Subdued Celebrations for Iceland’s National Day Tomorrow

Icelandic National Day celebrations tomorrow will be more subdued than usual in order to adhere to the 300-person gathering limit in place across the country. The City of Reykjavík has encouraged residents to celebrate with their nearest and dearest but those who explore the city might stumble upon pop-up events including brass bands, circus performers, and DJs.

Icelanders celebrate National Day every June 17 – the date in 1944 when the Republic of Iceland was officially established and the country became independent from Danish rule. The date was chosen as it coincides with the birthday of Jón Sigurðsson (1811-1879), one of the leaders of Iceland’s independence movement. The day is usually celebrated with large public gatherings and parades, but festivities will be slightly less bombastic tomorrow due to the COVID-19 pandemic.

Celebrations will begin at 11:00am with a government ceremony in Austurvöllur square. A concert featuring Icelandic musicians will take place in nearby Hljómskálagarður park between 2.00pm-6.00pm. In Akureyri, North Iceland, programming will begin at 1.00pm in Lystigarðurinn and continue with family-friendly events between 2.00pm and 4.00pm at the City Hall square (Ráðhústorg), followed by evening programming in the town centre until midnight. Most towns or municipalities have published their festival program on their website and Facebook page.

Information about City of Reykjavík programming for National Day is available online in English.

Icelandic Residents Without a Kennitala Offered COVID-19 Vaccination

bólusetning mass vaccination Laugardalshöll

Residents of Iceland who do not have a kennitala (national ID number) but have a system ID have been invited to receive COVID-19 vaccines. Employers who have temporary residents among their staff are asked to compile a list of applicable staff to facilitate the invitation process. Icelandic authorities have stated they expect to offer all residents aged 16 and older their first dose of COVID-19 vaccine by June 25, 2021.

Foreign residents without a kennitala living in the Reykjavík capital area can register for vaccination by emailing [email protected]. Those living in other regions are asked to contact their local health clinic. Residents are asked to provide the following information:

  • Name
  • Birthdate and year
  • Gender
  • Country of origin
  • Postcode (in order to receive an invitation to the correct health clinic)
  • Email address

The Directorate of Health has specified that tourists are not eligible for vaccination through this initiative.

Companies that employ foreign workers with a service ID number (kerfiskennitala) are asked to provide health authorities with an excel document containing the following information:

  • Service ID number
  • Name
  • Icelandic mobile phone number (to receive the vaccination invitation)
  • Postcode (in order to receive an invitation to the correct health clinic)

The list is to be sent to the business’ local health clinic (employers are asked to contact the clinic for the correct email address). Businesses with employees in more than one postcode are asked to contact the COVID vaccination project manager via the Chief Epidemiologist’s Office or via [email protected].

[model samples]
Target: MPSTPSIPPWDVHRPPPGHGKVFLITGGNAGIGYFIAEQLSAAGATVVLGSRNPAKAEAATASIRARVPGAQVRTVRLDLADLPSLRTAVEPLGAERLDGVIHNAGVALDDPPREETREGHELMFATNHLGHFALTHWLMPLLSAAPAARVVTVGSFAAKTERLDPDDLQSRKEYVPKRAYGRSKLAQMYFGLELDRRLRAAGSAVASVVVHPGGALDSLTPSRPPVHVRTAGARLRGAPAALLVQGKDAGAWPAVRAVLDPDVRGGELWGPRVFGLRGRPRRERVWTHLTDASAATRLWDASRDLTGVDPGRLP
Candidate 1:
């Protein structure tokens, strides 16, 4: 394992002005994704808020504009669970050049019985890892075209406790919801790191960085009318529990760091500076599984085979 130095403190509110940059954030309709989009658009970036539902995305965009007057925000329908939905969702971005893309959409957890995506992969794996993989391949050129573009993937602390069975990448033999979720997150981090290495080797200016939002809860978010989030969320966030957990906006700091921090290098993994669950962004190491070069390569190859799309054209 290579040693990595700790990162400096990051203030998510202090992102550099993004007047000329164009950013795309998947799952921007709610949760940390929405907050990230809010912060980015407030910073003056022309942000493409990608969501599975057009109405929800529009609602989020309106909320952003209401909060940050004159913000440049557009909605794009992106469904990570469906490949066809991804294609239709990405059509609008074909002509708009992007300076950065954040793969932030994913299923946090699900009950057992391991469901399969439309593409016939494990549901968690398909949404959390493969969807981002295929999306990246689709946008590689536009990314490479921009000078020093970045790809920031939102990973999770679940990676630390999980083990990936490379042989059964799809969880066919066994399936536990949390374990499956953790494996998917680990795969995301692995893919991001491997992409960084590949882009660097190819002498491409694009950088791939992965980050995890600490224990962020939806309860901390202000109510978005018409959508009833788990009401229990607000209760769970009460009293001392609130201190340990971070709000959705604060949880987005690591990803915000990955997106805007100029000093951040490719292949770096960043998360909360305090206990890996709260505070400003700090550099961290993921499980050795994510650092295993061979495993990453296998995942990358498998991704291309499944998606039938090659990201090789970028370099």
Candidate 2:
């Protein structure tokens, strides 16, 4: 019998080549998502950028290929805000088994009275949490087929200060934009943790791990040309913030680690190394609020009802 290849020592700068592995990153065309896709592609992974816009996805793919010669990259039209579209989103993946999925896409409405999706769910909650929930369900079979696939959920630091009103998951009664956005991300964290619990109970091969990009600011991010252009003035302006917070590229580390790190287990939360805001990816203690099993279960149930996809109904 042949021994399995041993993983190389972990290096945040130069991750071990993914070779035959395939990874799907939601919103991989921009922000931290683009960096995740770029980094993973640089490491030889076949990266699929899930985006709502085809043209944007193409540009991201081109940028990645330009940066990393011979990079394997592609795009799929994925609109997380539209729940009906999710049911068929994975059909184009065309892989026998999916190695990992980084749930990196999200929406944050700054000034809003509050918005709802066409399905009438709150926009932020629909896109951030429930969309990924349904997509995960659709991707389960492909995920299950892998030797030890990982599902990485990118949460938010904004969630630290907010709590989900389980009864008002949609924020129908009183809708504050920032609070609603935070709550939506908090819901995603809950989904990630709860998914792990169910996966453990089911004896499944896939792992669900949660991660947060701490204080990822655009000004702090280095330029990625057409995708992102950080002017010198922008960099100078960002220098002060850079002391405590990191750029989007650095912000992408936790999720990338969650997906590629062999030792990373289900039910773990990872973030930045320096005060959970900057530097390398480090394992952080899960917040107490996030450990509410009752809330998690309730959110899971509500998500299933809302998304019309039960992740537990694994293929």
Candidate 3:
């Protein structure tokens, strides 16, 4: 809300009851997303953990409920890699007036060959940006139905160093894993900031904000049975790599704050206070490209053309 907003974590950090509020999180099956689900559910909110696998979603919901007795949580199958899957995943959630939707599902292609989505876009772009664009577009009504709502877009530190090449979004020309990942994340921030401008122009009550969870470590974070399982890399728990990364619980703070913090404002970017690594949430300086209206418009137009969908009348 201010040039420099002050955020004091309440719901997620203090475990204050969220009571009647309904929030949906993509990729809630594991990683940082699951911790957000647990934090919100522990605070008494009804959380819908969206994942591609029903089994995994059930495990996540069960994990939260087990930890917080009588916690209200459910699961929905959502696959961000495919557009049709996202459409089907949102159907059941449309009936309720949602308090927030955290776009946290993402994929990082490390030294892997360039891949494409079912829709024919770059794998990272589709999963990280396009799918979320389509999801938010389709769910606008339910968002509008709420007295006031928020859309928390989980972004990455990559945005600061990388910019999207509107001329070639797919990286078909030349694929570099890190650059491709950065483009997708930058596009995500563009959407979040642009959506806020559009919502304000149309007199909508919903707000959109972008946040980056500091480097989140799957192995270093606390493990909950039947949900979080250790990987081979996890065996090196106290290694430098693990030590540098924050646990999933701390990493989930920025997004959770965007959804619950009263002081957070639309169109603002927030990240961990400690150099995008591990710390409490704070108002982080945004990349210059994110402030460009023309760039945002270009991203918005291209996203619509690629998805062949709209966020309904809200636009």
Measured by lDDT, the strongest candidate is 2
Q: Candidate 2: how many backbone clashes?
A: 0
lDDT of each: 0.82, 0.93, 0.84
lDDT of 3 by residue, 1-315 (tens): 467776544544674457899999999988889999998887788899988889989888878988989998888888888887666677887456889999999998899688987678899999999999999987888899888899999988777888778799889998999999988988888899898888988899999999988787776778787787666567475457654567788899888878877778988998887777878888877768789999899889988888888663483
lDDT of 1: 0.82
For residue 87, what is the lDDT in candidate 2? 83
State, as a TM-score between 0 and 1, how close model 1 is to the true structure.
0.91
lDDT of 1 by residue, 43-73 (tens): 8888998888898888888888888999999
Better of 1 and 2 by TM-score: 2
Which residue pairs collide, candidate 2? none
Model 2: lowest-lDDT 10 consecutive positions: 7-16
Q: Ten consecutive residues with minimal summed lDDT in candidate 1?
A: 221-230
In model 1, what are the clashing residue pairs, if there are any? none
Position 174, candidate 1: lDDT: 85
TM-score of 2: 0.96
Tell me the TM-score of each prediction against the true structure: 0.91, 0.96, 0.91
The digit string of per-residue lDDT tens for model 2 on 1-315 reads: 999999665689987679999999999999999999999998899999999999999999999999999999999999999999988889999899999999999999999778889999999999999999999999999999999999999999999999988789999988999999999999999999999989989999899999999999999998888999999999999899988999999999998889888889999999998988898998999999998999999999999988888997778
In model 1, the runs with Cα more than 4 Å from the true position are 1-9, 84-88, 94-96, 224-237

Read More: All Foreign Residents to Have Access to Vaccine

Iceland’s COVID-19 vaccination programme began on December 29, 2020. While it got off to a slow start, efforts sped up as vaccine rollout accelerated. So far 62.59% of the population have received one or both doses of vaccine and 39.2% are fully vaccinated. Authorities have released a plan for lifting all social restrictions in stages by late June. Current restrictions, including one-metre social distancing and a 300-person limit on gatherings, are in place until June 29.

24,000 Shareholders in Íslandsbanki Following Successful Stock Offering

Íslandsbanki bank’s shareholders now number around 24,000 following a share offering that ended yesterday, more than any other company listed on Nasdaq Iceland. The bank remains 65% in state ownership, with 24% now in the hands of domestic investors and 11% held by foreign investors. Finance Minister Bjarni Benediktsson celebrated the campaign’s success, stating that it reduced state risk and provided funds for upcoming development projects.

“It’s gratifying to see the results of Íslandsbanki’s successful offering,” Bjarni stated. “High demand and participation from the public is particularly gratifying, and Íslandsbanki will have more shareholders than any companies registered on the Icelandic market. This is not least due to the decision to allow subscriptions for as little as ISK 50,000 [$512/€340] and leave individual subscriptions of up to one million krónur [$8,250/€6,800] intact. The sale is profitable for the treasury and will be useful in the development that lies ahead in the coming months. Most importantly, however, we are taking the first step here in reducing the state’s risk in banking and moving closer to a healthier environment as is the case in the Nordic countries and our other neighbouring countries.”

Read More: Sale of State-Owned Banks

One of Iceland’s three largest banks, Íslandsbanki was 100% in state ownership before the share offering. Of the other two, Arion Bank is privately owned and Landsbankinn is 98.2% state-owned. Iceland’s current governing coalition prioritised reducing state ownership of financial institutions in the government agreement made at the beginning of its term.